By Emily Shepard
Today is Veterans Day. The holiday is important not only because it honors our soldiers, but also because it is a time to raise awareness about their experiences on and off the battlefield. Hearing loss is a major health issue for soldiers, both active duty personnel and veterans. Any form of hearing loss can be detrimental to soldiers on duty, as the ability to hear signs of danger and to communicate with fellow soldiers is crucial for mission success and, more importantly, survival. According to the U.S. Department of Defense’s Hearing Center of Excellence (HCE), a whopping 60% of veterans have returned home with hearing loss or tinnitus over the last decade.
The Fall 2015 issue of Hearing Health magazine focused on hearing loss and tinnitus among U.S. military service members and veterans. In “Tuning Out the Noise,” Ashleigh Byrnes explains that tinnitus is one of the most prevalent injuries among veterans. The number of veterans diagnosed with service-connected tinnitus is estimated at 1.5 million. According to Byrnes, persistent tinnitus can be “described as noise that prevents sleep or the ability to concentrate” and may “leave patients more vulnerable to other mental health problems, such as depression and anxiety.” Luckily, there are treatment methods, new and old, that can ease the symptoms of tinnitus.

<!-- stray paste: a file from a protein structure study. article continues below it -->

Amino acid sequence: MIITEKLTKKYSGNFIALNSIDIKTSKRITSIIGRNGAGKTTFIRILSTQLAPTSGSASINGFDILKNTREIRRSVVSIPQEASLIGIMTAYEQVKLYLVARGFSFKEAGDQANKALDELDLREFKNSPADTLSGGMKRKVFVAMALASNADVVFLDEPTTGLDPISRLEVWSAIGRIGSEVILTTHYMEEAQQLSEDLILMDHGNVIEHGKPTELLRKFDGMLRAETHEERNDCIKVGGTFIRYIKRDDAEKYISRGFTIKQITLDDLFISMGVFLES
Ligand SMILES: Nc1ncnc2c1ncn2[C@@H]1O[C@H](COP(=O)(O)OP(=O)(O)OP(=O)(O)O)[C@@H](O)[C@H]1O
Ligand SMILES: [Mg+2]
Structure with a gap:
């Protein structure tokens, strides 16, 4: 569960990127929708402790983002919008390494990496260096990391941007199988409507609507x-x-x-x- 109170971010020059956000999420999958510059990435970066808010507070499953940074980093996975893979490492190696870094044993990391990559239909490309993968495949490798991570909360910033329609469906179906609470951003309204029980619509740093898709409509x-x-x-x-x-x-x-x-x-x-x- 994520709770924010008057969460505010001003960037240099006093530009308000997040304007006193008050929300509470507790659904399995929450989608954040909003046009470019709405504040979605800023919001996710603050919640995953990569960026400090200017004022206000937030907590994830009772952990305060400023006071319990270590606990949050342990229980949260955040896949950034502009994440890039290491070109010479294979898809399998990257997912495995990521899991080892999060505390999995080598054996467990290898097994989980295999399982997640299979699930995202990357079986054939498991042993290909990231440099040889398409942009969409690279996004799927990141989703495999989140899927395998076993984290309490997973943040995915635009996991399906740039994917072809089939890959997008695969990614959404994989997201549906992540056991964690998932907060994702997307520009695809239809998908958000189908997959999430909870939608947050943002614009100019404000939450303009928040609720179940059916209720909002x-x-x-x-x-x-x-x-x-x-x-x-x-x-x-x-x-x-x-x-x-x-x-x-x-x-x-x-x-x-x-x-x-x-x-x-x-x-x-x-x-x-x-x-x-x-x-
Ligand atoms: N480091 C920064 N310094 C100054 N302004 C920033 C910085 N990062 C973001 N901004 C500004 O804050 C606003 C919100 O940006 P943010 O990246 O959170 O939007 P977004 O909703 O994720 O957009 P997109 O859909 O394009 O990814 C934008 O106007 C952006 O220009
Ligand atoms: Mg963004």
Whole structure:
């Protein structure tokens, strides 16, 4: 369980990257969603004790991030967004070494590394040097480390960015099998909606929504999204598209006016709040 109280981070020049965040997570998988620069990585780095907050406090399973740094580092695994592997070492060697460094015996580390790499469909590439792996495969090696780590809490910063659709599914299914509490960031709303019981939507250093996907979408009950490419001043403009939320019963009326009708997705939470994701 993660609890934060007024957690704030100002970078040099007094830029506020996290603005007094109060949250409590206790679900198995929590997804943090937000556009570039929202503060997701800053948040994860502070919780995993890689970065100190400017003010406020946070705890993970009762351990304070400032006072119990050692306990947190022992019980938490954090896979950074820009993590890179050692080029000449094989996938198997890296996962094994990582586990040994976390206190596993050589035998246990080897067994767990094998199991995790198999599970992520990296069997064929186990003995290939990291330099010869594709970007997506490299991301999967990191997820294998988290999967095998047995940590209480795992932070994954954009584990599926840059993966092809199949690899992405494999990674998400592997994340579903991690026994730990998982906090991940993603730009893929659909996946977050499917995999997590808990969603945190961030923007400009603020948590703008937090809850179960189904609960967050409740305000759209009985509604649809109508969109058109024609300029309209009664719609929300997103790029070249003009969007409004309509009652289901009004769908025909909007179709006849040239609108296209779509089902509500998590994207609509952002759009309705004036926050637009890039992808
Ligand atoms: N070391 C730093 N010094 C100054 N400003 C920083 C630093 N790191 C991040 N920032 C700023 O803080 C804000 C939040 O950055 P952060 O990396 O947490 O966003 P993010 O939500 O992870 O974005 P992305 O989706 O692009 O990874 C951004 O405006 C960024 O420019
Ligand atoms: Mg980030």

Sound therapy, long regarded as one of the most successful ways to treat tinnitus, has been practiced for more than 30 years. Between 60-90% of patients report relief from their symptoms using this method. Another option is cognitive behavioral therapy (CBT), which may include the use of relaxation or distraction techniques, or altering the way patients think about their symptoms. Those who try sound therapy or CBT may be able to cope with tinnitus with more positive outcomes.
When it comes to hearing loss, soldiers are at an increased risk. They are susceptible to noise-induced hearing loss (NIHL) due to exposure to loud machinery and explosions on a constant basis. In combat, soldiers are often exposed to sudden noises, such as from an improvised explosive device (IED) or other similar weapons, which are difficult to predict and prevent against. These sudden noises can result in temporary hearing loss and put military personnel at risk. However, the word “temporary” should be approached with caution. Repeated short-term hearing loss can damage the sensitive hair cells in the inner ear, causing hearing loss that becomes permanent.
With an inability to grow back, inner ear hair cells, when they are damaged or die, can lead to permanent hearing loss. HHF is actively working to reverse this trend. Researchers funded by HHF’s Emerging Research Grants program (ERG) discovered that birds have the ability to spontaneously re-grow inner ear hair cells after they are damaged and restore their hearing—unlike mammals. Through HHF’s Hearing Restoration Project (HRP), a consortium of top hearing scientists is working to translate this finding to the human ear. The HRP’s goal is to regenerate inner ear hair cells in humans and permanently restore hearing to those affected by hearing loss, such as soldiers and veterans. The HRP researchers have made significant strides in this research and have been working hard to find meaningful answers, which you can read about here.